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Here's a magic formula to put a spell on you

April 03, 2006

Over the years I've come across plenty of "magic" stock-picking formulas. From Jim Slater's Zulu Principle, to Michael O'Higgins's Dogs of the Dow and David Dreman's Contrarian approach, they are a staple of investment book publishing.

To the wishful-thinking investor looking for profits without pain, they can seem like the holy grail. Unfortunately, these methods can gain widespread currency as they lose their edge. Either fashion moves against the approach, leaving you swimming against the investment tide, or the market cottons on and the opportunity disappears.

I've experienced both of these. Ten years ago, I edited a book for Slater in which he tested O'Higgins's high-yield approach on the UK market. It had worked here as well as in the US and Pep Up Your Wealth was the trigger for several high-yield funds.

Perhaps unsurprisingly, these launches coincided with a shift in investment fashion to growth stocks in the late 1990s and the method has since had a patchy record. I still believe it is one of the simplest and safest ways for relatively inexperienced investors who want something more exciting than buying a pooled fund but, as with any stock-picking method, you have to be prepared to go through a few lean years.

http://www.telegraph.co.uk/money/main.jhtml?xml=/money/2006/04/04/ccinv04.xml

Rating: 2.8/5 (4 votes)

Comments

soso809
Soso809 - 8 years ago
I have always felt that what worked for one person may not work for another. If a certain method realy made that much money then why would the person even bother sharing it? It would just be less money in their pocket. But then again I am not an expert on different trading methods. I prefer to make my own instead. While trying to avoid the band wagon effect that follows a lot of methods once released to the public. I think the opportunity disappears the moment the books and articles are released. The real big gains and money are in finding the gems that know one else has discovered yet and sticking to what works best for you. And being a leader while everyone else is being a follower. One thing my parents always told me is "nothing in life is free" which I believe is very true when it comes to the stock market. Their realy is no such thing as easy money. Nothing can replace research and knowledge of the stock market.

Maybe slightly off topic and not sure if anything I just said makes any sense. What do you think?
vooch
Vooch - 8 years ago
The reason people like me, and Geoff Gannon, talk about our ideas is because it reinforces our own learning and helps us improve. Of course, I'm speaking of myself, but I would imagine Geoff feels the same way.

By teaching someone, you are motivating yourself to improve. When you go in writing, you are making a time-flagged opinion - you talked about something at such-and-such date/time.

If you screw up, you learn from your mistakes.

Writing a book has helped me more with investing and trading than anything else. It causes me to focus on content and reflect about what I've written. I'm five years into the development process. I imagine I've got another five years to go.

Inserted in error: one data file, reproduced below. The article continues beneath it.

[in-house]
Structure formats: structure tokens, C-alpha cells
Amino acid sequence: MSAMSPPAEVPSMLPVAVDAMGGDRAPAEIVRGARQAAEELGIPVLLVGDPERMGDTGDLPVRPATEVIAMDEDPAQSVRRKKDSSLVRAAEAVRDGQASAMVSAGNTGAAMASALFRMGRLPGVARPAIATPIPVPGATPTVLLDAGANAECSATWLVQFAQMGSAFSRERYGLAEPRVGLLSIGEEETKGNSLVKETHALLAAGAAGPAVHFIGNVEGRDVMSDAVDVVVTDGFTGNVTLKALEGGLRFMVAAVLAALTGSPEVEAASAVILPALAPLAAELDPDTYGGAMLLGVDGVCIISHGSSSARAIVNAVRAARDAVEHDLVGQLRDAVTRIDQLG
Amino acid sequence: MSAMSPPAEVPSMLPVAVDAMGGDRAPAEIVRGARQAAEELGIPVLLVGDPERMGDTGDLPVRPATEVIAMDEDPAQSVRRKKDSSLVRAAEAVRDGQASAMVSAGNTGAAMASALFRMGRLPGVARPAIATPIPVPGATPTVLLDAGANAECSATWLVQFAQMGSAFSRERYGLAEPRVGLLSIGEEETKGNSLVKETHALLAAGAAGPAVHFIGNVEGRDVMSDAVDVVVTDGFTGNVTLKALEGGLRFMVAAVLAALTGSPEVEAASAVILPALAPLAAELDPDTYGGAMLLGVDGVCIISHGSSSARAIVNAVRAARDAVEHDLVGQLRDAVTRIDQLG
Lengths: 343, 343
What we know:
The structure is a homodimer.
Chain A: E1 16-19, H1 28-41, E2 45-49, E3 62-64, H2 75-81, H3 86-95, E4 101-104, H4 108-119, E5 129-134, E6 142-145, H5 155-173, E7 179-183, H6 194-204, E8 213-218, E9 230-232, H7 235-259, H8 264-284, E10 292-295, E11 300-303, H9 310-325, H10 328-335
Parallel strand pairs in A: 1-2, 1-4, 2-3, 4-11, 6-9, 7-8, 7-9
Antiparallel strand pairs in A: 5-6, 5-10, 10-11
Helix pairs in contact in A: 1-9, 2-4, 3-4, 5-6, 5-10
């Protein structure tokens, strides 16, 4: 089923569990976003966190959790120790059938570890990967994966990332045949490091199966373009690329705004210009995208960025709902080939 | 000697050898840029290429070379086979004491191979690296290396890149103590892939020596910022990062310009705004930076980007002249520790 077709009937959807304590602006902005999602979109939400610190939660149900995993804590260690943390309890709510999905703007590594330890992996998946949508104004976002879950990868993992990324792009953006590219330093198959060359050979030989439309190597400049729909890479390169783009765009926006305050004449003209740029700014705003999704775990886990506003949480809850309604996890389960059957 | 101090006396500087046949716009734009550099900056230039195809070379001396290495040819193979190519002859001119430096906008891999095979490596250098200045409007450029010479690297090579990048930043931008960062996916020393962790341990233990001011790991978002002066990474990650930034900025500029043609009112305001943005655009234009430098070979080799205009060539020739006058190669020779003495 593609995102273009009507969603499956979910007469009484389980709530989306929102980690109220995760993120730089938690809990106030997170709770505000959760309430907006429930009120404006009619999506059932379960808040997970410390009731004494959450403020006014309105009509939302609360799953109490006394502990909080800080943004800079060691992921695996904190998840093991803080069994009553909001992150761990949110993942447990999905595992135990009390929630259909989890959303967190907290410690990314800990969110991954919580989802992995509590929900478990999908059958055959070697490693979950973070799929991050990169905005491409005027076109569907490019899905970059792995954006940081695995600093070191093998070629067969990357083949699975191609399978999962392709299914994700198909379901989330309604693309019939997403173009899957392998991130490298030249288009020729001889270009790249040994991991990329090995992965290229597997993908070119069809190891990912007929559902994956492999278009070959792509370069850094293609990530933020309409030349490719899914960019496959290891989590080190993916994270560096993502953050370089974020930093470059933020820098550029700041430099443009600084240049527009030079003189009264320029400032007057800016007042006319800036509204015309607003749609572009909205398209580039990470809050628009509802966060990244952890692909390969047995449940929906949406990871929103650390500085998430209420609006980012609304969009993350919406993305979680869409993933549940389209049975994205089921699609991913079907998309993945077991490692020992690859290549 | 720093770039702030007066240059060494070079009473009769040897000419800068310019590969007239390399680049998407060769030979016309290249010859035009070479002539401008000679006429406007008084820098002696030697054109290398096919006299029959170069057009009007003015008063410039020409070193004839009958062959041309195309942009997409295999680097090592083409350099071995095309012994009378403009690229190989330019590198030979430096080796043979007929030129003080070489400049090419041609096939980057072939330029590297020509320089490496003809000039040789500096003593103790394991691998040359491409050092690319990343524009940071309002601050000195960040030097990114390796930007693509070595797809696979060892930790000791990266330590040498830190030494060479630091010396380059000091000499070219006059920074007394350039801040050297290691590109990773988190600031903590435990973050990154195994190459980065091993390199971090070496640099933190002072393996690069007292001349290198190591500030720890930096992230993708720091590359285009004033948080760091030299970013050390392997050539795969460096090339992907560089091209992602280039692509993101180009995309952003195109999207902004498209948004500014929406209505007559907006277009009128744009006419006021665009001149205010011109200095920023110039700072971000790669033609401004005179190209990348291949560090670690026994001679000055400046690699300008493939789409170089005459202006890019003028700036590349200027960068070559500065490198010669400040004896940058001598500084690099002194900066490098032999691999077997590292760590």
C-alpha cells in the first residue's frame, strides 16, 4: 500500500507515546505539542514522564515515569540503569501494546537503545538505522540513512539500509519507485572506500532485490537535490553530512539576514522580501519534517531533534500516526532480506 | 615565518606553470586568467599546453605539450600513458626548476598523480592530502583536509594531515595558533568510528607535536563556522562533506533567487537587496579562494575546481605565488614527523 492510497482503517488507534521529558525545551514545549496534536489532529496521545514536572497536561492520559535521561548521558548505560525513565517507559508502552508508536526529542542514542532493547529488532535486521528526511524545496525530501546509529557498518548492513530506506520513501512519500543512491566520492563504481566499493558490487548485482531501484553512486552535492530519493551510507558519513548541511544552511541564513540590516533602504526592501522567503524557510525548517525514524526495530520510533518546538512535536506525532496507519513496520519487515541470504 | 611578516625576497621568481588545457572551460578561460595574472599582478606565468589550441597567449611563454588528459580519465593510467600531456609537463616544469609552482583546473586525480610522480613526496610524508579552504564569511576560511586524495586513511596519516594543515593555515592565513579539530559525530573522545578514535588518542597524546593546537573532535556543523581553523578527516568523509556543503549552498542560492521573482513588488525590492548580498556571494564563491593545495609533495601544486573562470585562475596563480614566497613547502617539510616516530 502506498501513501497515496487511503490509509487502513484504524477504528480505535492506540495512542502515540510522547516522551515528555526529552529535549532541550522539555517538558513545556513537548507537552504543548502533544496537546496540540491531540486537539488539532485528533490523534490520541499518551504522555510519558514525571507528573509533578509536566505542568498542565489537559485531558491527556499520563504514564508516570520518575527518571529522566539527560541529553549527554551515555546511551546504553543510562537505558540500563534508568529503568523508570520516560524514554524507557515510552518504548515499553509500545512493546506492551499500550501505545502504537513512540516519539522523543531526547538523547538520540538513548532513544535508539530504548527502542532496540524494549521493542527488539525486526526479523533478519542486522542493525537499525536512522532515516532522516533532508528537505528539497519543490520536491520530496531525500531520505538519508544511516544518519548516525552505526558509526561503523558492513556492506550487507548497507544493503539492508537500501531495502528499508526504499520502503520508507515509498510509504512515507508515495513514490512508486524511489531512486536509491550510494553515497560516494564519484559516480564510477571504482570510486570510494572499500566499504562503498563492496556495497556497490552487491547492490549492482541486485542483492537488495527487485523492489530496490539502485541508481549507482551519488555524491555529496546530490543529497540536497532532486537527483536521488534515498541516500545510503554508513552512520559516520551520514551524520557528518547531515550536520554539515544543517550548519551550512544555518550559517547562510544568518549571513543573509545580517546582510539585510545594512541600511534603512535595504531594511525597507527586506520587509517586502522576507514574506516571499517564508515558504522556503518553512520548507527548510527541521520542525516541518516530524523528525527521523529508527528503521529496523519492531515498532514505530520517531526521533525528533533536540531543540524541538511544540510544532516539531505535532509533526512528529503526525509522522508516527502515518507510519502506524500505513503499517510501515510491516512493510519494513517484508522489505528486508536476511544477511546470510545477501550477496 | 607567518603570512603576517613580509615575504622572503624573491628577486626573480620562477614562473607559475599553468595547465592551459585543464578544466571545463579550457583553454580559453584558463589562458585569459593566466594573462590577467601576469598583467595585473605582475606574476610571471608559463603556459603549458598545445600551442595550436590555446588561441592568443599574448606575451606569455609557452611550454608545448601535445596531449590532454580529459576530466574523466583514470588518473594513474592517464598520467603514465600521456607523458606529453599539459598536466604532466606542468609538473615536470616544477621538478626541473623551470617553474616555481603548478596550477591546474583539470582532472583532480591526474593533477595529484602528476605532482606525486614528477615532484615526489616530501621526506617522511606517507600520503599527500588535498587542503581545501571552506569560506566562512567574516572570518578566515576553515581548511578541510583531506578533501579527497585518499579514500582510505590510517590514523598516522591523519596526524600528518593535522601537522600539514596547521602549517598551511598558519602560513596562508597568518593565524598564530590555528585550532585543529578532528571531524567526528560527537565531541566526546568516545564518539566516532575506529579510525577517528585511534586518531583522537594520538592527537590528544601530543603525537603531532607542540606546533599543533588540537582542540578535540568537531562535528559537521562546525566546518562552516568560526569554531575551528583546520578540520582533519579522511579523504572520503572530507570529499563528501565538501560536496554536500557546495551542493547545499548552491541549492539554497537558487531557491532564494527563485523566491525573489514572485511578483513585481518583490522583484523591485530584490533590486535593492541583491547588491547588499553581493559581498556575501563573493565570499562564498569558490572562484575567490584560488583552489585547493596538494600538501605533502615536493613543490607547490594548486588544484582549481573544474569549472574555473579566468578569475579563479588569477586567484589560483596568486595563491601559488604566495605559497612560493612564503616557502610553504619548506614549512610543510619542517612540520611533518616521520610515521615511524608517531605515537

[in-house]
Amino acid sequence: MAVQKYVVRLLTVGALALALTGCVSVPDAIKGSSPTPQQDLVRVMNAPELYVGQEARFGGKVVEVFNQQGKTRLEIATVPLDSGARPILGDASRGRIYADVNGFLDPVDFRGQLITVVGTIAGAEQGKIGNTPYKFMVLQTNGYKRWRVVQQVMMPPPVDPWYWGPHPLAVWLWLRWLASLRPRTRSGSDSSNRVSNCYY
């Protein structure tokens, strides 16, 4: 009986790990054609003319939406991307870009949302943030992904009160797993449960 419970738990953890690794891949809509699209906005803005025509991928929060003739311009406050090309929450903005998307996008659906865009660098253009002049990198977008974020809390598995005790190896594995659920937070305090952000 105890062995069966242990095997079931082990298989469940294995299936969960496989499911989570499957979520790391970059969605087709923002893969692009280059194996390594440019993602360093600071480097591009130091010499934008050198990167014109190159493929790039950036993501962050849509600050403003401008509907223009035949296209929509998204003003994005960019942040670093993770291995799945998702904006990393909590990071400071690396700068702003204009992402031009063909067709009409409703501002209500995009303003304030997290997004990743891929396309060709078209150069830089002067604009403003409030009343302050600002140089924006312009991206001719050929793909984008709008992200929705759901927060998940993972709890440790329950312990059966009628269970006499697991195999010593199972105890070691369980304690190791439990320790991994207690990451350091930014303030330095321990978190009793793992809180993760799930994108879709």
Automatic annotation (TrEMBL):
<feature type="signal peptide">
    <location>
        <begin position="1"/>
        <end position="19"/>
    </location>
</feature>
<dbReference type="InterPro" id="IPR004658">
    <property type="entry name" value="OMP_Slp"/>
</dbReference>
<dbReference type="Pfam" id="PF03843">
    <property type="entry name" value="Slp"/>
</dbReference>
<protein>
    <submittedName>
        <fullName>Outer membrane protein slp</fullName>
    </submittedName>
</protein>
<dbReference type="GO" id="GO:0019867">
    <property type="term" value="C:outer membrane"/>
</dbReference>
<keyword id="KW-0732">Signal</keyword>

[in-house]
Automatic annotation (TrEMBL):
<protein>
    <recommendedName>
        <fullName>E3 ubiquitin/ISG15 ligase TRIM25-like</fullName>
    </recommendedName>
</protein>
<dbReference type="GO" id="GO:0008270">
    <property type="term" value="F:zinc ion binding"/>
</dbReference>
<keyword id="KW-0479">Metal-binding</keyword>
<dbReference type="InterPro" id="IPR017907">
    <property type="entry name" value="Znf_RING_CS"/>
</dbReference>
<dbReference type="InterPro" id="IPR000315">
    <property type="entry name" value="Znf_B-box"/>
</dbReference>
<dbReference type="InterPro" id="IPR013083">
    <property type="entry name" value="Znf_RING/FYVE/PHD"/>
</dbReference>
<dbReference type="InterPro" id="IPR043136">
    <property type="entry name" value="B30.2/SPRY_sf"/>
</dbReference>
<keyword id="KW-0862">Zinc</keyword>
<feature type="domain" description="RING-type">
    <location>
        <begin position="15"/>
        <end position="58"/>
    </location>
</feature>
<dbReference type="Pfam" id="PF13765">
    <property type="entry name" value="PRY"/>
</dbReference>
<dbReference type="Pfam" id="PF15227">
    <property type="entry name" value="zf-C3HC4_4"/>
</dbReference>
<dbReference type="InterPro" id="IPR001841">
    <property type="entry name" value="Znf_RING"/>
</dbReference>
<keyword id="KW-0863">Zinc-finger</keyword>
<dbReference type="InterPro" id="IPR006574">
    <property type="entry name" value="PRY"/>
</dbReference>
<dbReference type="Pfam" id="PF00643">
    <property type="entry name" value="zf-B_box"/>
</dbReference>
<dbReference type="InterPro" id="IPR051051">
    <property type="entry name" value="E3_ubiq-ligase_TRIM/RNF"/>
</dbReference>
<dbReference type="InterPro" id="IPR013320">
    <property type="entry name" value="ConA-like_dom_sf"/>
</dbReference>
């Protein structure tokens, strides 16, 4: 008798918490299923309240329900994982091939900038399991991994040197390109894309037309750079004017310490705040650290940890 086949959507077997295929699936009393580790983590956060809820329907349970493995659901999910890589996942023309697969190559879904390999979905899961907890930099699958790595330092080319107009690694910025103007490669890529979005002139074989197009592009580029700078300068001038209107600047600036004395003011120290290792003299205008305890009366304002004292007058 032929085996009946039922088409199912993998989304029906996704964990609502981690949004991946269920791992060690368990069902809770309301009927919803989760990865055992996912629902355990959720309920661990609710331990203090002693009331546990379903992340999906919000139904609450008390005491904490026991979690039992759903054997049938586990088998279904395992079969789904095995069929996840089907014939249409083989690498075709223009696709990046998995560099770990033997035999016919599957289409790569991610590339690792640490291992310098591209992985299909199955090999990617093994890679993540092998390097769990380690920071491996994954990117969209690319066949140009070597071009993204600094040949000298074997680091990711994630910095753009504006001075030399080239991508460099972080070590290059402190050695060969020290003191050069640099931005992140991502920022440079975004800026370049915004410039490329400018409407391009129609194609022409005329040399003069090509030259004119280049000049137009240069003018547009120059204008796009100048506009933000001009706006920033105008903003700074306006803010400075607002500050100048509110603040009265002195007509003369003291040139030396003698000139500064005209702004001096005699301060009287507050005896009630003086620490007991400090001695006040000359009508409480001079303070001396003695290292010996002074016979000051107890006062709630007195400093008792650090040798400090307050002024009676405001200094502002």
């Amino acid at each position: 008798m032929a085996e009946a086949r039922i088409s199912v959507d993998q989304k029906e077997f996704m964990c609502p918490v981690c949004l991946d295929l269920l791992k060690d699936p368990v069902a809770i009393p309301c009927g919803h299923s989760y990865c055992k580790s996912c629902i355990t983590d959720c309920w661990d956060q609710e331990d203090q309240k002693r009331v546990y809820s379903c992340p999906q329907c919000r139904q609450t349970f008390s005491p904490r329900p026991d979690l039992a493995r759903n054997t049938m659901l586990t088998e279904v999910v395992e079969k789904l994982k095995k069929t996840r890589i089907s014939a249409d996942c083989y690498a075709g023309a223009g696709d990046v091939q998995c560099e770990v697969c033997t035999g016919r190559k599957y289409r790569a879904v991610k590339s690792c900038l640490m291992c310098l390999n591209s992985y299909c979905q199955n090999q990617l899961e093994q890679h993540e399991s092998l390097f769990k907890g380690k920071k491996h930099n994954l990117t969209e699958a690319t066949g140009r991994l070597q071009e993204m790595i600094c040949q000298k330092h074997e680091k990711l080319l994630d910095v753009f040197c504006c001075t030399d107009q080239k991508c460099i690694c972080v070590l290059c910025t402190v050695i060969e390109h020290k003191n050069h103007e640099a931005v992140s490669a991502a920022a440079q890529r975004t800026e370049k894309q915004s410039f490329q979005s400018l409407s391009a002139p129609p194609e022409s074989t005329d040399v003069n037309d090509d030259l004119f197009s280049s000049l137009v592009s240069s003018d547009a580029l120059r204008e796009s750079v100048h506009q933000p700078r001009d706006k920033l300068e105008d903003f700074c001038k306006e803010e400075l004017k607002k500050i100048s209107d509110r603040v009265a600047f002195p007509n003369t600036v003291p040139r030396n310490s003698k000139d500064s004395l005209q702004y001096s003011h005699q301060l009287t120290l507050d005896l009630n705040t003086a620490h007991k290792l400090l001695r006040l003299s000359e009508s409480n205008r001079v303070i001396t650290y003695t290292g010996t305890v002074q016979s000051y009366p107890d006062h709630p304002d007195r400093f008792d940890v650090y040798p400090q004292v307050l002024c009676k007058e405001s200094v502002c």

Keeping track of what you learned also helps. If you keep repeating the same mistake over and over, you'll keep reading about it in your notes, and then say to yourself, "Damn! I need to change my ways."

Lottery ticket buyers never keep track of what they've done in the past. If they did, they'd see a logfile similar to this: "I lost, I lost, I lost, I lost, I lost, I won a little, I lost, I lost, I lost... (ad infinitum)".

- Vooch

soso809
Soso809 - 8 years ago
Vooch,

I in know way see anything wrong with writing books. In fact I love reading them. It does give me new ideas that I might have not thought about myself and then I put my own twist on them. I also enjoy sharing stuff with people also. Mainly the people I was referring to are the people who view the stock market as a get rich quick scheme. Instead of reading books,learning etc. and then forming their own opinions and taking the time to read into it further. They follow certain things like a religion thinking if they do they can get rich also and then end up years later wondering why other people are making money when they aren't. I have met many people who think you can just pick stock names out of a grab bag sit on them quite a few years and retire rich. I just wish more people would take more time learning about the markets and not assume everything comes easily. Some naive people sadden me.

Yes learning from your mistakes is very very important since history always has the potential to repeat itself.

vooch
Vooch - 8 years ago
I agree 100%.

Even if you start out writing a book and have no intention of ever publishing it is A LOT better than never attempting to write down what you've learned.

By writing goals... by writing what you've learned about investing... you become better.

soso809
Soso809 - 8 years ago
I agree also. Life in gernal is a constant learning process and no one can ever know it all. The people who are willing to constantly learn and have an open mind in my opinion tend to do better in life then people who are stuck in their ways and aren't willing to learn from their mistakes as well as others. That's what makes this site so great. Is the ability to share opinions as well as read about mistakes other people have made in order to avoid making them yourself. It's never to late for anyone to start a journal.
vooch
Vooch - 8 years ago
Once again, I agree 100%.

Great post.

- Vooch

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